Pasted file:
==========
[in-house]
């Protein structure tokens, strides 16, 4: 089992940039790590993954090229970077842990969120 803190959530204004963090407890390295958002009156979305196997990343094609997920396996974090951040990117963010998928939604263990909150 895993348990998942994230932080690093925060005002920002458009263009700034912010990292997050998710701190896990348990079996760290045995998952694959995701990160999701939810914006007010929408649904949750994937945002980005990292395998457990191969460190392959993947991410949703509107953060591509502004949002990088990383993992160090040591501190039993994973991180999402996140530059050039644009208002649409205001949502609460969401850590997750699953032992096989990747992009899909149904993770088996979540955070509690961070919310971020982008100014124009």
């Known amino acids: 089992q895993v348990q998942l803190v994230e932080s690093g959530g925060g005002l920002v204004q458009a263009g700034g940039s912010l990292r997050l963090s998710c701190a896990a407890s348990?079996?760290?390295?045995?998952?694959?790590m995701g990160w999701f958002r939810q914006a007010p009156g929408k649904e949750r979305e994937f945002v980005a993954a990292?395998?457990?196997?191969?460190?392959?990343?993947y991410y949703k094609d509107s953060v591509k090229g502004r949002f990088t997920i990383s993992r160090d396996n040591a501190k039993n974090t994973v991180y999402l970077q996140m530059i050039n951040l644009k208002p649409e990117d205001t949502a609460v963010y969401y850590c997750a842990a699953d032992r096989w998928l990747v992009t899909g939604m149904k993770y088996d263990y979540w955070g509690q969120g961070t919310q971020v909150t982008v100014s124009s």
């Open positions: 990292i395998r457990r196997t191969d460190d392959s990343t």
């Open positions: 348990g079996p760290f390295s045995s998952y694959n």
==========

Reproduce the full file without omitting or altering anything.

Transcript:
[in-house]
């Protein structure tokens, strides 16, 4: 089992940039790590993954090229970077842990969120 803190959530204004963090407890390295958002009156979305196997990343094609997920396996974090951040990117963010998928939604263990909150 895993348990998942994230932080690093925060005002920002458009263009700034912010990292997050998710701190896990348990079996760290045995998952694959995701990160999701939810914006007010929408649904949750994937945002980005990292395998457990191969460190392959993947991410949703509107953060591509502004949002990088990383993992160090040591501190039993994973991180999402996140530059050039644009208002649409205001949502609460969401850590997750699953032992096989990747992009899909149904993770088996979540955070509690961070919310971020982008100014124009």
């Known amino acids: 089992q895993v348990q998942l803190v994230e932080s690093g959530g925060g005002l920002v204004q458009a263009g700034g940039s912010l990292r997050l963090s998710c701190a896990a407890s348990?079996?760290?390295?045995?998952?694959?790590m995701g990160w999701f958002r939810q914006a007010p009156g929408k649904e949750r979305e994937f945002v980005a993954a990292?395998?457990?196997?191969?460190?392959?990343?993947y991410y949703k094609d509107s953060v591509k090229g502004r949002f990088t997920i990383s993992r160090d396996n040591a501190k039993n974090t994973v991180y999402l970077q996140m530059i050039n951040l644009k208002p649409e990117d205001t949502a609460v963010y969401y850590c997750a842990a699953d032992r096989w998928l990747v992009t899909g939604m149904k993770y088996d263990y979540w955070g509690q969120g961070t919310q971020v909150t982008v100014s124009s």
């Open positions: 990292i395998r457990r196997t191969d460190d392959s990343t």
């Open positions: 348990g079996p760290f390295s045995s998952y694959n």